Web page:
Hi, my name is Alyssa Sbarra and I am a 2012 graduate of Bel Air High School and PLTW’s Biomedical Sciences Program. I graduated from Villanova University with a BS in mathematics, and currently am a MPH candidate at the Yale School of Public Health. My concentration is in infectious disease epidemiology and my research focuses on the surveillance and modeling of respiratory and hospital-based infections, specifically at the intersection of epidemiology, policy, and emergency preparedness.
I love learning, and I truly believe that this inherent desire to learn inside of me was first cultivated during my time in the Biomed program at BAHS. Students in the Biomed program are constantly being prompted to ask challenging questions. Very few times answers were given to us, but instead we were encouraged to investigate for ourselves. Not only did this technique nudge me to enjoy the research process but also give me faith in myself that I was capable of synthesizing materials and generating innovative solutions. During my PTLW courses, I felt empowered that the work that we were doing had the potential to one day mean something greater than just a classroom exercise. Designing experiments, using new technology, and developing my own ideas gave me confidence that was visibly translated into my other classes.
Even now, I feel a difference compared to my peers at Yale. While there is plenty of stress and the occasional bout of insecurity that accompanies graduate school at an ivy league institution, I know that I cannot only accomplish what ever tasks that lay in front of me but also hold myself to a higher standard and find more enjoyment in the process than the rest of my classmates. I love my classes. If there were extra time in the day or week, I would fill it with hours and hours additionally diving into the material that is presented in lecture. I would spend double or triple the time working on my research and collaborating with more professors and other graduate students. The thirst for knowledge and the love and passion that I have for the work that I am doing began over 8 years ago at BAHS in the Biomed program. The joy and passion that the Biomed program is able to spark in students is truly unique and is one of the most valuable assets that I keep with me to this day.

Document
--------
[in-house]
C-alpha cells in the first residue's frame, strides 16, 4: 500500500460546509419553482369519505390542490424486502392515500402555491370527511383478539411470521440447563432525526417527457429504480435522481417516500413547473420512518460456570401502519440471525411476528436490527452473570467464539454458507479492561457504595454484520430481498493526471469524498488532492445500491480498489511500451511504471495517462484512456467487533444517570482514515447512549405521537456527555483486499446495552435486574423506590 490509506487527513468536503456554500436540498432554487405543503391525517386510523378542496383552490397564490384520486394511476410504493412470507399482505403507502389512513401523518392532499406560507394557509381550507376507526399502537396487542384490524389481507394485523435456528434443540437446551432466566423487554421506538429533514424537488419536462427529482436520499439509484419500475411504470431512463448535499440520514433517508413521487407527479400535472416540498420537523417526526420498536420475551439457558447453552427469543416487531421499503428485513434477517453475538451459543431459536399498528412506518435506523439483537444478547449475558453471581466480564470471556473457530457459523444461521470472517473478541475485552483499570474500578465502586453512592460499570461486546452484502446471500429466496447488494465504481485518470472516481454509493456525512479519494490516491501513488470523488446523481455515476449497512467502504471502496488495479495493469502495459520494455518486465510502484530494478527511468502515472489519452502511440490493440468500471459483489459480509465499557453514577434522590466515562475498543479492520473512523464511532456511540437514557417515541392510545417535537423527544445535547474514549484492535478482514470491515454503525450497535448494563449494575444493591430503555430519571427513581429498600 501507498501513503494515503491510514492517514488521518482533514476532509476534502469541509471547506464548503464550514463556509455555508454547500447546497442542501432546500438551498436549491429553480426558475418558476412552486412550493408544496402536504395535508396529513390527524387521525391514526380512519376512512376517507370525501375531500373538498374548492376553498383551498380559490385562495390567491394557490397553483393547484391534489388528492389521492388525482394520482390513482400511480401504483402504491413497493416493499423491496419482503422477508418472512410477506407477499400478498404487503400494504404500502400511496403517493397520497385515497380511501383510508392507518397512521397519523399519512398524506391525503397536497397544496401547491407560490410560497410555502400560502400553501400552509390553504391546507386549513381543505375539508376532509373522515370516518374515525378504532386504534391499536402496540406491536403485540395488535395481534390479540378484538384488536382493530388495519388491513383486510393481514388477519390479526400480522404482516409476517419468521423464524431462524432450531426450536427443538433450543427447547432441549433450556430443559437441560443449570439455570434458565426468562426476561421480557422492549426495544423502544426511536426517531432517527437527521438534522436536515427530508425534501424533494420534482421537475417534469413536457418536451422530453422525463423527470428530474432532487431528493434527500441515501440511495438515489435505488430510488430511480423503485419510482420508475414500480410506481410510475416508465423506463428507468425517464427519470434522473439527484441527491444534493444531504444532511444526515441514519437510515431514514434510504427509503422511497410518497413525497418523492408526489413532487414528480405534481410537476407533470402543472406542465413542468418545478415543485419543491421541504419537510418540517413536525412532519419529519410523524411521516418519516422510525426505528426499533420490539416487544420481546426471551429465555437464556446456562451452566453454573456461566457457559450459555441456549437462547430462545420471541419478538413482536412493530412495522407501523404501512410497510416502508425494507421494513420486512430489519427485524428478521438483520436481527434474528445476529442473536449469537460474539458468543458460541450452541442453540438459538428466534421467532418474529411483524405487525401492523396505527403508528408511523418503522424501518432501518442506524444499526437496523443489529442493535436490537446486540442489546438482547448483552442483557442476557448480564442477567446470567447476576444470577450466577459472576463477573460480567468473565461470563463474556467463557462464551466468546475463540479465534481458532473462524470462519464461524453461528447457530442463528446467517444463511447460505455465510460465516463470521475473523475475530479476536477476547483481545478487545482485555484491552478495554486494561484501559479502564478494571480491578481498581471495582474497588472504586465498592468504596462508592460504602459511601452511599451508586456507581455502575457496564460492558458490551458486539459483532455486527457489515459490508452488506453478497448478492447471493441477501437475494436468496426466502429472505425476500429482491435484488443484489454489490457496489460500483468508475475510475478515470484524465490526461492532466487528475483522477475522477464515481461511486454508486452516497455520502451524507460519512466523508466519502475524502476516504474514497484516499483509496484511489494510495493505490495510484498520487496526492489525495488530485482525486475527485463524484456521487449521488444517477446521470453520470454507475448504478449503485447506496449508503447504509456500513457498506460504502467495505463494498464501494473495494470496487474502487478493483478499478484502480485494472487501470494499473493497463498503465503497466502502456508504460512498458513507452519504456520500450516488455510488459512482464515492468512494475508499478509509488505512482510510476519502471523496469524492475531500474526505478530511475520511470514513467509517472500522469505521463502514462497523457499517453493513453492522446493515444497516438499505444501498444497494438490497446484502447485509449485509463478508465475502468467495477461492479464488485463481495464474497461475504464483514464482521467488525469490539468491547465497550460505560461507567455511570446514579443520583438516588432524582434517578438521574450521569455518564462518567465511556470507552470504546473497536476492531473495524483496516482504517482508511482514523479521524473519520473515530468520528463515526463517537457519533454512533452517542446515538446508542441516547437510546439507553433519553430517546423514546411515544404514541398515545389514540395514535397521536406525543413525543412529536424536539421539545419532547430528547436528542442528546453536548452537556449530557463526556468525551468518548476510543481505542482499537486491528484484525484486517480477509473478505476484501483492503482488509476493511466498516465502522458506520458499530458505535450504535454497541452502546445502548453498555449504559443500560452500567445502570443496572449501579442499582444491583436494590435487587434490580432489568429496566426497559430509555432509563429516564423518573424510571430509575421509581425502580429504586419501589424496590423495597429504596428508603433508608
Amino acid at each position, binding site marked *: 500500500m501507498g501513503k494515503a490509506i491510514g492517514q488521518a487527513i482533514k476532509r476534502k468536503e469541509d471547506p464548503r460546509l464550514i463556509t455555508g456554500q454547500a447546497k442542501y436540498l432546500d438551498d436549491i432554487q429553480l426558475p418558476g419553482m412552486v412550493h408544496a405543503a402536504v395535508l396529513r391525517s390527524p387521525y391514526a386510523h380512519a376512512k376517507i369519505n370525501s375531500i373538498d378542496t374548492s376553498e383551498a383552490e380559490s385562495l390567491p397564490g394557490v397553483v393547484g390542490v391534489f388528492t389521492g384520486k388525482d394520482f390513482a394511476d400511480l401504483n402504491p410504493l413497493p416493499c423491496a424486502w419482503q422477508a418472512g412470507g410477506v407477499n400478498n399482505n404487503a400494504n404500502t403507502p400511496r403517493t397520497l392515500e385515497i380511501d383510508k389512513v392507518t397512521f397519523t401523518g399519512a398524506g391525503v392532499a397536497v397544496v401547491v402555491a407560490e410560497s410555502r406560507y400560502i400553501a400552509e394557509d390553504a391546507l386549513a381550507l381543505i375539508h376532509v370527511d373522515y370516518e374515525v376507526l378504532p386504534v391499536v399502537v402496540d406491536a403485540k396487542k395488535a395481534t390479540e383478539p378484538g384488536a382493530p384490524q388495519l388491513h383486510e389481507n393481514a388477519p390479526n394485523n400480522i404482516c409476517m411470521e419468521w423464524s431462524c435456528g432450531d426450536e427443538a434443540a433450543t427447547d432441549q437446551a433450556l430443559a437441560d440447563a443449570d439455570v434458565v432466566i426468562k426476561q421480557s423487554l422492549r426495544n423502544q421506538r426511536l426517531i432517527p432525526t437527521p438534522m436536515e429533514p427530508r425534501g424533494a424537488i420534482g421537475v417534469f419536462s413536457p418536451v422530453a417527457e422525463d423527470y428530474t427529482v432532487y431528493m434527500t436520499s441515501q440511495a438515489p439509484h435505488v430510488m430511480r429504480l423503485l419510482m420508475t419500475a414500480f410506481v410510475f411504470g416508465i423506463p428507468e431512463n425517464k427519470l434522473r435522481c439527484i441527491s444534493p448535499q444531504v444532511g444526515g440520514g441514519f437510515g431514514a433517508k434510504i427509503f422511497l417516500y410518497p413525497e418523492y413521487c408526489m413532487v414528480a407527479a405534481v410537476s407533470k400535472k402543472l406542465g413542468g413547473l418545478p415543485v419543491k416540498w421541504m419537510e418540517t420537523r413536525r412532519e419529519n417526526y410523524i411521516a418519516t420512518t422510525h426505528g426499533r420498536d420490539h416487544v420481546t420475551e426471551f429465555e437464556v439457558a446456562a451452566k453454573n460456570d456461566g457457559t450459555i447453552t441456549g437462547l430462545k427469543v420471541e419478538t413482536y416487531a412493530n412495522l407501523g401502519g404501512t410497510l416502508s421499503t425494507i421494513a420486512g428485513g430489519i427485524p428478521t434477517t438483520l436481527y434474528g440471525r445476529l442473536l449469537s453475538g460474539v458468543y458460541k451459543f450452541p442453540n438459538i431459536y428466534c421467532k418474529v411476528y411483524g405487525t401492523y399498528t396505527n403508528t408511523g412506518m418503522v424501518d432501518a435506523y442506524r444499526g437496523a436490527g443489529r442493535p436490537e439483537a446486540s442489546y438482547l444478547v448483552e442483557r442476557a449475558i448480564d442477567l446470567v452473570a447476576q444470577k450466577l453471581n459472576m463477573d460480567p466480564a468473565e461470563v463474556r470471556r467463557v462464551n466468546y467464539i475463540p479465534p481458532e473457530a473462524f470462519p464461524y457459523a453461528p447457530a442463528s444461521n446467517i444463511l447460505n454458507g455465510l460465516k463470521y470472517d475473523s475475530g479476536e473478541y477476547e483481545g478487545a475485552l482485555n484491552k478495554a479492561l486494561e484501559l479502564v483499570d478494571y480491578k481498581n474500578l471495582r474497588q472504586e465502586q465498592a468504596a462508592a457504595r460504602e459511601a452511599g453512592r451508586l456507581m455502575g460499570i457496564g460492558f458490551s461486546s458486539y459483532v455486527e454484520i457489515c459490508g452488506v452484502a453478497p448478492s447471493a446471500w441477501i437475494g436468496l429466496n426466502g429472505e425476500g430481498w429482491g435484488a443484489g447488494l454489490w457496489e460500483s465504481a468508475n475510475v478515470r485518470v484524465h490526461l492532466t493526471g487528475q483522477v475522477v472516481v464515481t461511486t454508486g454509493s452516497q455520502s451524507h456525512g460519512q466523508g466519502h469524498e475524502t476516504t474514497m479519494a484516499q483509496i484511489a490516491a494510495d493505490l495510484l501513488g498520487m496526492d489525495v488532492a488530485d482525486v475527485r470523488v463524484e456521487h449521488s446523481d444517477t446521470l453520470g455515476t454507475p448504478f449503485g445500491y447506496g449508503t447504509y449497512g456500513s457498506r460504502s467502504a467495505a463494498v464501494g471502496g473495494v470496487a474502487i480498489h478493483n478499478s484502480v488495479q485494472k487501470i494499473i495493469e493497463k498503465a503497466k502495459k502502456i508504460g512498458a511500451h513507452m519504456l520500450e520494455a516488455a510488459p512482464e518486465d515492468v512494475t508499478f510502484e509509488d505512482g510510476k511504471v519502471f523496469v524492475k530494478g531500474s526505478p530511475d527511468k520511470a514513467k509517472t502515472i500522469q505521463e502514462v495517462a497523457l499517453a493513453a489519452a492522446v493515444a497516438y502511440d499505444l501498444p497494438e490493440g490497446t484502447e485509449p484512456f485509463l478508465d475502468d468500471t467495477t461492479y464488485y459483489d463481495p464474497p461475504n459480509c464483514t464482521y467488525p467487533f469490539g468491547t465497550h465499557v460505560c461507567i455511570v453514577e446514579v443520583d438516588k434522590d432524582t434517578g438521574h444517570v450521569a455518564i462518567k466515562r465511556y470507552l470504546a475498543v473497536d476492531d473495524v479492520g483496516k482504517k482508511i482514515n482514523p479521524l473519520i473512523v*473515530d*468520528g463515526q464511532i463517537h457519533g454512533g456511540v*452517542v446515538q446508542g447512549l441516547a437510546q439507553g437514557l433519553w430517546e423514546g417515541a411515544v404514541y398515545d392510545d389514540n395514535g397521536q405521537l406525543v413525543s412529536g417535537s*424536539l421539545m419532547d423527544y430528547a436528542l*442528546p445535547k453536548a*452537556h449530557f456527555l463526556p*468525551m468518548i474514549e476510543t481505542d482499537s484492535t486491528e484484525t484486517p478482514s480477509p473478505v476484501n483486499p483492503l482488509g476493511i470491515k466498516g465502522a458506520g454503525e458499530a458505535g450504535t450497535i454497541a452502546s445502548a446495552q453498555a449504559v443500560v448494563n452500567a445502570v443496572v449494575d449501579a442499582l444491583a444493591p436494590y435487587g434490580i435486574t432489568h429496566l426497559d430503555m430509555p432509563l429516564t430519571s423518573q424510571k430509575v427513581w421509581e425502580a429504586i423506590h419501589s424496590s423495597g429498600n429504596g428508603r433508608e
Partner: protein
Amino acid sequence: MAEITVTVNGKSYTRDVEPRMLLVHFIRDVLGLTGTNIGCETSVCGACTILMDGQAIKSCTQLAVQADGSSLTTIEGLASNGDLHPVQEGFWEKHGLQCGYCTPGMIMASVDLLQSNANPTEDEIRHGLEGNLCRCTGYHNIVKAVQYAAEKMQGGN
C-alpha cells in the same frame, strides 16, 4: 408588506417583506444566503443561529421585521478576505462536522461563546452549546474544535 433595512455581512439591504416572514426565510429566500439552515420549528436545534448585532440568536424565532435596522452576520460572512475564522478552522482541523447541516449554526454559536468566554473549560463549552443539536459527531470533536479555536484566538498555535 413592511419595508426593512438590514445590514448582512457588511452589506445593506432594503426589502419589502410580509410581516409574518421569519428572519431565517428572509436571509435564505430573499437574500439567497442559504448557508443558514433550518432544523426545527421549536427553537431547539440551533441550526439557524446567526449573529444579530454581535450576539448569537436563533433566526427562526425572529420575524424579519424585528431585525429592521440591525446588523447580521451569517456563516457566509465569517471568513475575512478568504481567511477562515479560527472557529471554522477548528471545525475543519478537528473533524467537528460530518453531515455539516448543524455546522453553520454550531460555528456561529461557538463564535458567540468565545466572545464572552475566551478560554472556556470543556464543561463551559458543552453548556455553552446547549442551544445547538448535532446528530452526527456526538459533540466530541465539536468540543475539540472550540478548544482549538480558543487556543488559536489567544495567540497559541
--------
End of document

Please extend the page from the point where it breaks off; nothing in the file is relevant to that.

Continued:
Something else that the Biomed program was able to provide at such a young age was exposure to many facets of health care and biomedical research. I know some of my classmates from the program are EMTs, applying to medical schools, and working in laboratories, both in hospitals and in other academic institutions. So few young people get the opportunity to see and explore what they truly enjoy before even graduating from high school. This is an incredibly special experience that should continue to be fostered in such a rich learning environment.
Another huge benefit to the exposure that the Biomed program provides is the appreciation for interdisciplinary work. Entering college and now graduate school, I feel so lucky and prepared from the exposures that PLTW was able to provide. Public health is extremely and inherently interdisciplinary, requiring knowledge about biology, mathematics and statistics, sociology, anthropology, and policy, among many others. In every single one of the five courses I am currently taking, we are drawing from ideas in immunology, various social phenomenon, and statistical analysis all at the same time. Without the Biomed program allowing me the chance to hear and see different perspectives and appreciate that all of them can be relevant to the solution of many health care associated problems, I may have not been as inclined as I was to enter into the field of public health or even to have spent my undergraduate career studying mathematics. However, having the perspectives from BAHS and the Biomed program, I was able to draw on these innovative concepts during my time at Villanova.
As a mathematics student who was still in her time of undergraduate education, I was providing valuable contributions to the Division of Disease Control of the Philadelphia Department of Public Health, writing annual reports for the epidemiology unit as well as being a vital component of the 2015 World Meeting of Families Papal Visit emergency preparedness team. All because of some quantitative skills and the interest to work in an interdisciplinary setting, doors were open to so many incredible opportunities. Doors that have lead me to where I am today, preparing to run a meeting this upcoming week with the Emerging Infections Program of the CDC where I will pitch my own research and put a newly designed seasonal influenza surveillance system into action. The first door that started it all? The Biomed program at BAHS.